Welcome to the awards.
All stats are for Monday, April 15 through Sunday, April 21. Please see the week one column for category explanations.
This week’s proof that assigning wins and losses to a pitcher is an archaic practice that must stop
Good luck division
One thing about games in which your teammates throw up 14 runs in the first two innings and 19 in the game is that you can get shellacked for six runs and fail to make it out of the fourth and you still don’t get a loss. Take a bow, Scott Kazmir.
David Price and Miguel Gonzalez were touched up for five runs each, Price in six frames, Gonzalez in five and two thirds. Darren O’Day and Jake McGee each blew a save and neither starter took the loss.
Gio Gonzalez was shelled for five runs in four frames. His opposing starter, Jeremy Hefner also lasted only four innings, allowing three runs. The bullpens took turns giving up runs and neither starter was given the loss.
Bad luck division
The day after Scherzer pitched his gem and failed to win, Justin Verlander gave the Tigers a nice start, going seven frames, allowing two runs, walking one, striking out 12. Detroit was shut out and Verlander took the loss.
Jeremy Guthrie and Kris Medlen combined to allow just four runs in 14 innings on 11 hits and one walk, striking out 11. Neither was credited with the win, which went to reliever Eric O’Flaherty because of Kelvin Herrera’s implosion.
Hector Santiago pitched an inning and two thirds. He was lifted after having retired the first two batters of the inning in succession for Matt Lindstrom. After Lindstrom threw three pitches to retire J.P. Arencibia, Dayan Viciedo plated a White Sox base runner to break the tie. Santiago had retired five batters. Lindstrom retired one and was given the win.
Wes Littleton Award
Please hold the applause
Any sufficiently advanced defense is indistinguishable from pitching
Things John likes
I know I’ve been using this exclusively as a platform to recognize the relatively rare times when a manager has given a reliever long outings and I promise I will come up with something different soon. Either that or I will rename this category. But let me just point out that I like what Ron Gardenhire did on Tuesday with Anthony Swarzak.
After Mike Pelfrey scuffled through five innings, allowing four runs but still making it out of the game with a lead thanks to Jason Vargas and his own shelling, Gardy put Swarzak in to protect a three-run lead and didn’t lift him until the ninth inning, when he had put a couple of men on base with the heart of the Halos’ lineup coming up. Glen Perkins was the new pitcher, and while he allowed Mike Trout to drive in a couple of runs charged to Swarzak, I can’t fault anybody too much and I can’t minimize the leverage of coming into the game with two on and Trout and Albert Pujols coming to bat.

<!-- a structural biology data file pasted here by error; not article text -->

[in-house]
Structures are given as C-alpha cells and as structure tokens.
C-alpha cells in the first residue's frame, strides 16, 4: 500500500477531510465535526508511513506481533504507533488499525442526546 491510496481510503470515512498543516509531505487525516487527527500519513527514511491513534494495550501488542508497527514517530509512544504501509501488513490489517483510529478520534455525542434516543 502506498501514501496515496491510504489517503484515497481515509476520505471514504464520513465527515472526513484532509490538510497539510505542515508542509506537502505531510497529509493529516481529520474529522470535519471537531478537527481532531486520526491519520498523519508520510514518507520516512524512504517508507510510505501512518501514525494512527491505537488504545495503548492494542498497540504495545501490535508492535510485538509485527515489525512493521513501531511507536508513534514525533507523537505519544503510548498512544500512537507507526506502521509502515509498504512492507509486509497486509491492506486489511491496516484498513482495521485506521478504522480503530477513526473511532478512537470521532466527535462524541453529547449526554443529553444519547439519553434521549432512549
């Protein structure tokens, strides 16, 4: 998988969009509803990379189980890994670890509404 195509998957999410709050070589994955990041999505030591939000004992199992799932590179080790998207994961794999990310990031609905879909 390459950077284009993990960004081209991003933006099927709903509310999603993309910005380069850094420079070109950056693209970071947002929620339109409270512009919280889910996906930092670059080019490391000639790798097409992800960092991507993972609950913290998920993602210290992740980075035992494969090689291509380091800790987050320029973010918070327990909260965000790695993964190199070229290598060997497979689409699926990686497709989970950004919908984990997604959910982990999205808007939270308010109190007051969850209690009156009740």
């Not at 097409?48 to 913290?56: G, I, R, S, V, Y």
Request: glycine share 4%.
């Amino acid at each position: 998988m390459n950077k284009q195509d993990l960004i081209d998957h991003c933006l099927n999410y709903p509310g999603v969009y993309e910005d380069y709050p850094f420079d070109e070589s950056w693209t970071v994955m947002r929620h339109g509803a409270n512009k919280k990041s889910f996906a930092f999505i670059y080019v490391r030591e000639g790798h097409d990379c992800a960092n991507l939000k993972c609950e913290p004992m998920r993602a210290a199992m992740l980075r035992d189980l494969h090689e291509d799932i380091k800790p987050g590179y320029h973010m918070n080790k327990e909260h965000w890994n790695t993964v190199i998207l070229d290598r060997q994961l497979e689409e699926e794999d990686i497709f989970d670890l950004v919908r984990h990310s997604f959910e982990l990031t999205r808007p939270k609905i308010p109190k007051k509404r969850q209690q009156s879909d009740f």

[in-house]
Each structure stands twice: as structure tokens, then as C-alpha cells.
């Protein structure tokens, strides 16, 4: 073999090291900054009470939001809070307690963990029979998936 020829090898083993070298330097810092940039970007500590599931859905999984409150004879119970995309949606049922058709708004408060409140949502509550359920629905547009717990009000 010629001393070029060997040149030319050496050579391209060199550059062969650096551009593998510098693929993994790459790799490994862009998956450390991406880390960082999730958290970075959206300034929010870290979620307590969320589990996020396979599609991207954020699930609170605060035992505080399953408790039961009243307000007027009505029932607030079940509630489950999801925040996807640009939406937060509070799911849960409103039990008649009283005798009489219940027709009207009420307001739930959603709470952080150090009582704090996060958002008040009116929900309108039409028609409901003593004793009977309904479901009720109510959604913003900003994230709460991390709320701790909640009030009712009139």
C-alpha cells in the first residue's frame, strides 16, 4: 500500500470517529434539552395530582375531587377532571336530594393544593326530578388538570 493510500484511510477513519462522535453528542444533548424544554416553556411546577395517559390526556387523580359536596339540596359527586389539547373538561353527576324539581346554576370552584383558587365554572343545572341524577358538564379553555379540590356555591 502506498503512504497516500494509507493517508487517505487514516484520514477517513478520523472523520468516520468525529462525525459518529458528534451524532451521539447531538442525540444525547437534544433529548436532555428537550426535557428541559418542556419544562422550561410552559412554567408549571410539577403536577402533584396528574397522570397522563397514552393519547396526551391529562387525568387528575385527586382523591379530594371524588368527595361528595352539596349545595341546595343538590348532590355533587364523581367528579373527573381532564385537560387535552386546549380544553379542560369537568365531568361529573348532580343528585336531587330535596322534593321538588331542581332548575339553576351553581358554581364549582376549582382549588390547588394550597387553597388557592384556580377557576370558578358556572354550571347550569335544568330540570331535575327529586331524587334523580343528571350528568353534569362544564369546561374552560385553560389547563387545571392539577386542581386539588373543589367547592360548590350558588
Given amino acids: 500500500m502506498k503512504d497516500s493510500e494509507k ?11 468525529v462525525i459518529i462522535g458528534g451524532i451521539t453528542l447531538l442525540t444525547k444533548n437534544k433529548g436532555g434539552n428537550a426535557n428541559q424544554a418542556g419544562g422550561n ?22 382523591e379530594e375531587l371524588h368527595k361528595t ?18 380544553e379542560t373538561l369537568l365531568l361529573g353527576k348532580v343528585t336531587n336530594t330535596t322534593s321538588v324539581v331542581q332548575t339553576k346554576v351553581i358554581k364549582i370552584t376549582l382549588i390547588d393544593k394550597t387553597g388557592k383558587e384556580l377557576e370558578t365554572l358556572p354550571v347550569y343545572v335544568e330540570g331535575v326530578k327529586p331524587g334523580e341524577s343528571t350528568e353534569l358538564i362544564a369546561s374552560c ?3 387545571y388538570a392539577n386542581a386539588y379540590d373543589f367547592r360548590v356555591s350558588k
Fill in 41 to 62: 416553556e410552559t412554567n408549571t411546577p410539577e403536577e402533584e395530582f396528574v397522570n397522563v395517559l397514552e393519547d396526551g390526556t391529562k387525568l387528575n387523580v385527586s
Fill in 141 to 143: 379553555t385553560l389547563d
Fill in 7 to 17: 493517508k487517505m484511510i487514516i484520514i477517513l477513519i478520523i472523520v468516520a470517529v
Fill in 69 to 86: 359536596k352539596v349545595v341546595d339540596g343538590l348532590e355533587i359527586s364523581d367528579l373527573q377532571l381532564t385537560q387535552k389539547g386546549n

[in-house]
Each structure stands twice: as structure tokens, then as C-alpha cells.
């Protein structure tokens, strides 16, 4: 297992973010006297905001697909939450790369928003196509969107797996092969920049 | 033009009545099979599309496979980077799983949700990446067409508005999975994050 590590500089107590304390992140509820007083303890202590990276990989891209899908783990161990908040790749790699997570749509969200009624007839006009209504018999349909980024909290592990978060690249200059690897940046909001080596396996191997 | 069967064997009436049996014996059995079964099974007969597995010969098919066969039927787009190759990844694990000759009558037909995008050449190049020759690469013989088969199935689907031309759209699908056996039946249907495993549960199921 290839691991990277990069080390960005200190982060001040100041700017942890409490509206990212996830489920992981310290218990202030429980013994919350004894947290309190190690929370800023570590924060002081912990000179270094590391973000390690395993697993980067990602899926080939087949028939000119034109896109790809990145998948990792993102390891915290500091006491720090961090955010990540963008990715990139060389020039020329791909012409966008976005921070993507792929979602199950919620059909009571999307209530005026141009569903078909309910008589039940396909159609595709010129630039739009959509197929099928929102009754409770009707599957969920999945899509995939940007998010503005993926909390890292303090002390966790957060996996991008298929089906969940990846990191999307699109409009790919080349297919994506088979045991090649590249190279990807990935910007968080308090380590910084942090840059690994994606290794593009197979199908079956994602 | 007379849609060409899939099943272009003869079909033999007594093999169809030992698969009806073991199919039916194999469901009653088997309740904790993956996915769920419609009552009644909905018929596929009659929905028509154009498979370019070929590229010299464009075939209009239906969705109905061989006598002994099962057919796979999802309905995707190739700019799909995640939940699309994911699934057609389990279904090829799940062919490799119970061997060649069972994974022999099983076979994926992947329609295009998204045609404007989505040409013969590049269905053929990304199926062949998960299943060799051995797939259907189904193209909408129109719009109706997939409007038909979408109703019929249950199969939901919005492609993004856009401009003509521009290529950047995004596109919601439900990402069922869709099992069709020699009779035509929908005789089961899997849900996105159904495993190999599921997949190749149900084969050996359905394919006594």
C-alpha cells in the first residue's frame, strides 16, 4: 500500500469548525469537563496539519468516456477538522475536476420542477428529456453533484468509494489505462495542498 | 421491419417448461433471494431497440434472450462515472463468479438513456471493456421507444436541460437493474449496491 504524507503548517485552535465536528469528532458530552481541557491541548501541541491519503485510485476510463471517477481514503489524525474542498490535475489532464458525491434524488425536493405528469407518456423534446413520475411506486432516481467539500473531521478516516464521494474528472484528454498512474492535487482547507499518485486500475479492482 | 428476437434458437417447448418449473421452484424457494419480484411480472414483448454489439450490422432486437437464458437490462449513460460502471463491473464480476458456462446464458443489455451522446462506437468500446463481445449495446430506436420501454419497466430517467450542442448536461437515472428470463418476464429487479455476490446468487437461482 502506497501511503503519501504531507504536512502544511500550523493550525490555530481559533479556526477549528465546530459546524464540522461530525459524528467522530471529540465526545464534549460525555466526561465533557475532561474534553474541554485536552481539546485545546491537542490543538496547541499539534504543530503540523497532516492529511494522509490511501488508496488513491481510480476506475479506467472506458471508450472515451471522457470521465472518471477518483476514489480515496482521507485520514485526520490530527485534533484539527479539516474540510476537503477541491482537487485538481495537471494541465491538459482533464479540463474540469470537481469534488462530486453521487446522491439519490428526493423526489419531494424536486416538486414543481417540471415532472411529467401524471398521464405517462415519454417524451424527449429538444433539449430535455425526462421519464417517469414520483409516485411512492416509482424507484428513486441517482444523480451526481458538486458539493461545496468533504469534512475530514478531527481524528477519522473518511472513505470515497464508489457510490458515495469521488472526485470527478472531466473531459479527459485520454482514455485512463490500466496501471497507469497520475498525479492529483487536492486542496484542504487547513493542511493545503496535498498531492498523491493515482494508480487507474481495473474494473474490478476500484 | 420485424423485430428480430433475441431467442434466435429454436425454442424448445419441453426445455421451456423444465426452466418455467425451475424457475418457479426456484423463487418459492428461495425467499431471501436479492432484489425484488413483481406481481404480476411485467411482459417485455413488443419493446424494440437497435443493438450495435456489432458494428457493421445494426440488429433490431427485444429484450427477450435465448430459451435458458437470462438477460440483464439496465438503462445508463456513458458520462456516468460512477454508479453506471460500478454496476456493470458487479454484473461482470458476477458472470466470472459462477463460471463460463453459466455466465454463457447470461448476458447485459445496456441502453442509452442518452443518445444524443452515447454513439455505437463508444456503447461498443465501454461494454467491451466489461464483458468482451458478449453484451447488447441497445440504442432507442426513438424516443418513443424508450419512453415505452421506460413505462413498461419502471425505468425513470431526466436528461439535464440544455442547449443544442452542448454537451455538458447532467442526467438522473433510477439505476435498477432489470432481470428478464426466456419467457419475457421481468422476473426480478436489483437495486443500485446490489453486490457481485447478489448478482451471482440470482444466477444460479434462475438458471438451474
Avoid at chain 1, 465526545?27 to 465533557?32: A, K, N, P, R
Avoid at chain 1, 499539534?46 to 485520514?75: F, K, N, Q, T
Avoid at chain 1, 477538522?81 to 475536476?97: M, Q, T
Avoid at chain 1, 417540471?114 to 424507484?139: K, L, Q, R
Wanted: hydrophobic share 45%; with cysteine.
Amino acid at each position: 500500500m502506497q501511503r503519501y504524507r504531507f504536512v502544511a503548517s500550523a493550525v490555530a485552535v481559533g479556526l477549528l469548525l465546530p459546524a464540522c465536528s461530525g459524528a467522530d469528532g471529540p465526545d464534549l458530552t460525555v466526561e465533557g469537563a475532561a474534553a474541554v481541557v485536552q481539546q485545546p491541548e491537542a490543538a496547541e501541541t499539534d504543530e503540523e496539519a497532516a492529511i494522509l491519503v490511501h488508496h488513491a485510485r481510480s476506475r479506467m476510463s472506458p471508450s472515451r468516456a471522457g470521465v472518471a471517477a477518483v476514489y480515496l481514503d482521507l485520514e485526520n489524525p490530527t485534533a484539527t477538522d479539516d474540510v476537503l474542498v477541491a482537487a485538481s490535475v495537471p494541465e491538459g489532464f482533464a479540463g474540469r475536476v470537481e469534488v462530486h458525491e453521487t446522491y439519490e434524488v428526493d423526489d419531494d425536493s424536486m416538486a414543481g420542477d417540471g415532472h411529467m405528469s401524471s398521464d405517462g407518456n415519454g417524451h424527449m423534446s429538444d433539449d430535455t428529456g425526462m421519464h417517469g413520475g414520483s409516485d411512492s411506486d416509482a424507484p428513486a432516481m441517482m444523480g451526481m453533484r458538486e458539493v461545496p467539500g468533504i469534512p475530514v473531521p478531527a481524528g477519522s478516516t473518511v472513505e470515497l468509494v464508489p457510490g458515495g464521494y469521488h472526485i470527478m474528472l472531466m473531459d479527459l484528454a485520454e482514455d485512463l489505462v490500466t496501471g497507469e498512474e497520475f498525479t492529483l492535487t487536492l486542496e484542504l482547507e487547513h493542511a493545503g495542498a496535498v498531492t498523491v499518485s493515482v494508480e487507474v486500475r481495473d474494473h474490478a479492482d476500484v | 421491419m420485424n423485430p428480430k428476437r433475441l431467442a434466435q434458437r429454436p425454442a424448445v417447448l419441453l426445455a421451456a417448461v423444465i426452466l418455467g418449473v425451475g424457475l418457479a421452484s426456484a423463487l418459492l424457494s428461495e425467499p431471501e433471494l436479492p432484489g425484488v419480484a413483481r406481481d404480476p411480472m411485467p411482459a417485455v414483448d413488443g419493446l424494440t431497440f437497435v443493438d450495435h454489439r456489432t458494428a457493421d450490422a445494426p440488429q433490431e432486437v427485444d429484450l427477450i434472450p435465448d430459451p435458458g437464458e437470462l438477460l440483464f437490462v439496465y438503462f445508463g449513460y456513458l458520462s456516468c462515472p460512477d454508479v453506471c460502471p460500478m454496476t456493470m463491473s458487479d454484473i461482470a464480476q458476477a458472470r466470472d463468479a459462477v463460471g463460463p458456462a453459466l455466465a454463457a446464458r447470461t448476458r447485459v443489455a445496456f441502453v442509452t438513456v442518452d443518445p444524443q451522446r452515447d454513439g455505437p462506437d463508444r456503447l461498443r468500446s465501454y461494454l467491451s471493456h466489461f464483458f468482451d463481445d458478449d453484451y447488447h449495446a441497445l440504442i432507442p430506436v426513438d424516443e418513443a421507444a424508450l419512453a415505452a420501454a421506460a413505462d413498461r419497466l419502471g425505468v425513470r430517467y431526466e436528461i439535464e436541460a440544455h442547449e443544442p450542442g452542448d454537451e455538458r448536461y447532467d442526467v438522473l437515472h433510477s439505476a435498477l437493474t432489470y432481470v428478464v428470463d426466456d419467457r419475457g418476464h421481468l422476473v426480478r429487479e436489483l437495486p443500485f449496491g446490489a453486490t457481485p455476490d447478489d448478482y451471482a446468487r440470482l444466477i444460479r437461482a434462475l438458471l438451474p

This is how middle relievers and swing men are supposed to be used. Instead of using five different bullpen pitchers who may or may not have their good stuff on that day, use the one guy who seems to be doing well and will keep you ahead with little fuss until he runs into a problem and then you bring in your bullpen ace to shut the other guy’s big, scary monsters down. And that is what happened here.
To that same end, I will also say it was cool to see the Orioles give the three-inning save to Tommy Hunter, closing out the Dodgers with three scoreless after entering with a five-run lead. I’m not sure I think that should be counted as a save, but I like what Buck Showalter is doing there. And the same goes to the Rangers and Michael Kirkman, who went three innings against Seattle after entering with an eight-run lead.
Joe Carter Award
J.J. Hardy inexplicably plated five runs for the Orioles while hitting .143/.208/.333 in 23 PA.
Allen Craig collected six RBI in 21 PA but batted an uninspiring .263/.333/.368.
Jeff Francoeur singled six times in 20 PA this week and did very little else. No extra base hits and no walks lead to an empty batting average. He ended the week with a .300/.300/.300 line.
Ryan Howard struggled along to the tune of .278/.263/.278.
Harmon Killebrew Award
Ryan Braun singled only once all week. On the other hand, he homered three times and drew five walks in his 25 PA for a .200/.360/.650 line.
Steve Balboni Award
At this point, we all know to expect Adam Dunn to show up here from time to time just because of his strikeout rate. The Big Donkey fanned in exactly half of his 22 plate appearances and ended the week batting .048/.130/.190.
Dunn’s teammate Alejandro de Aza had a bad week as well with 10 strikeouts in 23 PA and a .227/.261/.409 line.
Stephen Drew fanned nine times in 18 PA and went .118/.167/.176.
Chris Carter continued to strike out at staggering rates and continued to post horrendous triple slash lines with nine Ks and a putrid .053/.208/.053 line.
Josh Hamilton whiffed eight times and went .048/.130/.048 in 22 PA.
Justin Smoak posted a .182/.280/.182 with 10 strikeouts in 25 PA.
Will Middlebrooks fanned 11 times in 26 PA and ended the week at .080/.115/.080.
Three true outcomes
Kelly Johnson smacked two home runs, walked five times, and struck out nine times in 24 PA.
Braun posted a three-five-nine TTO line in his 25 PA.
Justin Upton went two-four-eight in 25 PA.
Arencibia is missing a category, but four-zero-10 in 28 PA is worthy of mention.
Joey Votto went two-five-seven in 31 PA.
Eric Young Jr. did not hit a home run or walk. He struck out once in 25 PA.
Ben Revere posted a zero-zero-three three true outcomes line in 25 PA.
This week’s MVP
AL: Napoli went .345/.406/.690 and boosted his season’s line for the Red Sox from .217/.234/.413 to .267/.304/.520.
NL: David Wright reached base 14 times, seven via hit and seven more via walk. He did not strike out all week. He also added two triples, two home runs, and two steals while putting up a .350/.519/.850 line for the Mets.